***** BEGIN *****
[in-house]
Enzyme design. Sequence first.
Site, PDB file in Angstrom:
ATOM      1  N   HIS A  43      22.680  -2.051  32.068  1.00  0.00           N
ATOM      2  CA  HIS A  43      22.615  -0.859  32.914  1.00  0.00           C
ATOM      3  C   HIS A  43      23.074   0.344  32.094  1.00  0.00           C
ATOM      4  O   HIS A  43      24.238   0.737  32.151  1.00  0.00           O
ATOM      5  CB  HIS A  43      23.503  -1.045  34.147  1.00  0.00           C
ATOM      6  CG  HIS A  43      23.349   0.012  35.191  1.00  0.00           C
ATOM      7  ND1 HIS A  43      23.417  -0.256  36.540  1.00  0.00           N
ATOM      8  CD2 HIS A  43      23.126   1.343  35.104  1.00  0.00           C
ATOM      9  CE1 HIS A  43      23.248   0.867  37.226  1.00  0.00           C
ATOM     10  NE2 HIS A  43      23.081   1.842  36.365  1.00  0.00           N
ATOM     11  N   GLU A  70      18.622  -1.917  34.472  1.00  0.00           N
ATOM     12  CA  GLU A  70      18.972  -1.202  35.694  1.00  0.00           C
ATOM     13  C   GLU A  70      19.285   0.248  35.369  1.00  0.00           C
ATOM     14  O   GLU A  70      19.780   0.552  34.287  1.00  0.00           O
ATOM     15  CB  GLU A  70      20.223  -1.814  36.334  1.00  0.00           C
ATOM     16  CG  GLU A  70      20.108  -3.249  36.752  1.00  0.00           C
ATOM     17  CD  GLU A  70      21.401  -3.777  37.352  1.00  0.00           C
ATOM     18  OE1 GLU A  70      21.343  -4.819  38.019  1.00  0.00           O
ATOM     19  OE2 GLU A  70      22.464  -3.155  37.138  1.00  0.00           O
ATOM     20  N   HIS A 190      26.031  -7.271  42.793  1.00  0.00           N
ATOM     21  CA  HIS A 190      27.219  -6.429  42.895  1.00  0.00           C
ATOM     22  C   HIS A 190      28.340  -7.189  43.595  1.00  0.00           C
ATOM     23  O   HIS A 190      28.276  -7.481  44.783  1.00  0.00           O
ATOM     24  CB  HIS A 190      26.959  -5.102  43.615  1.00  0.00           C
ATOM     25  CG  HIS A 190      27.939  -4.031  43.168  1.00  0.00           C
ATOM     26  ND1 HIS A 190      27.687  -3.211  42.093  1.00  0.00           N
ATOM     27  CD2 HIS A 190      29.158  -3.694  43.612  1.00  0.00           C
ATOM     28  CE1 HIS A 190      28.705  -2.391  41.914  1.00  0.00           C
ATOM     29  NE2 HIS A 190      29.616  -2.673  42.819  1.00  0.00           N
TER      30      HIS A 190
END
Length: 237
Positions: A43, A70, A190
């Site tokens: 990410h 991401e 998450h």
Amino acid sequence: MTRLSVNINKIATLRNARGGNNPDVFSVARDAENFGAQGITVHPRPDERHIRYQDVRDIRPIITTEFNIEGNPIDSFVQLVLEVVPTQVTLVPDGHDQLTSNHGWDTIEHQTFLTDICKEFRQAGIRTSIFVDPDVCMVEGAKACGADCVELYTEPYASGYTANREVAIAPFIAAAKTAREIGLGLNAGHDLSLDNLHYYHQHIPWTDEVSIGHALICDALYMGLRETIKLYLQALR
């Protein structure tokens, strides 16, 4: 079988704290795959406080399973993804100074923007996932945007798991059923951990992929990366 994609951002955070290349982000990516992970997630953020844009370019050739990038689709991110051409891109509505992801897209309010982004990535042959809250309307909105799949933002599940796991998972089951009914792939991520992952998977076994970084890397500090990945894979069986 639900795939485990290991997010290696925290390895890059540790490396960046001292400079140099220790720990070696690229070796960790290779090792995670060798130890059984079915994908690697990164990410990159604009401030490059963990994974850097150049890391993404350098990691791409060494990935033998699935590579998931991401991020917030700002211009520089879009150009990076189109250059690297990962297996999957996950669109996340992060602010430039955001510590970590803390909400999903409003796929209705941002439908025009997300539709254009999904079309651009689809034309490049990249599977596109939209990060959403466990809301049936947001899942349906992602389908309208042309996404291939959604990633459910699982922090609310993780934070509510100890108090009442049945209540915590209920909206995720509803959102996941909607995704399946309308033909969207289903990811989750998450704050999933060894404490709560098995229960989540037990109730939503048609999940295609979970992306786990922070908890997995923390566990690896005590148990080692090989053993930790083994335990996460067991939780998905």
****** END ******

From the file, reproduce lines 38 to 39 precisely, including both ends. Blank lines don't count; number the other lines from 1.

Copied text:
Amino acid sequence: MTRLSVNINKIATLRNARGGNNPDVFSVARDAENFGAQGITVHPRPDERHIRYQDVRDIRPIITTEFNIEGNPIDSFVQLVLEVVPTQVTLVPDGHDQLTSNHGWDTIEHQTFLTDICKEFRQAGIRTSIFVDPDVCMVEGAKACGADCVELYTEPYASGYTANREVAIAPFIAAAKTAREIGLGLNAGHDLSLDNLHYYHQHIPWTDEVSIGHALICDALYMGLRETIKLYLQALR
């Protein structure tokens, strides 16, 4: 079988704290795959406080399973993804100074923007996932945007798991059923951990992929990366 994609951002955070290349982000990516992970997630953020844009370019050739990038689709991110051409891109509505992801897209309010982004990535042959809250309307909105799949933002599940796991998972089951009914792939991520992952998977076994970084890397500090990945894979069986 639900795939485990290991997010290696925290390895890059540790490396960046001292400079140099220790720990070696690229070796960790290779090792995670060798130890059984079915994908690697990164990410990159604009401030490059963990994974850097150049890391993404350098990691791409060494990935033998699935590579998931991401991020917030700002211009520089879009150009990076189109250059690297990962297996999957996950669109996340992060602010430039955001510590970590803390909400999903409003796929209705941002439908025009997300539709254009999904079309651009689809034309490049990249599977596109939209990060959403466990809301049936947001899942349906992602389908309208042309996404291939959604990633459910699982922090609310993780934070509510100890108090009442049945209540915590209920909206995720509803959102996941909607995704399946309308033909969207289903990811989750998450704050999933060894404490709560098995229960989540037990109730939503048609999940295609979970992306786990922070908890997995923390566990690896005590148990080692090989053993930790083994335990996460067991939780998905």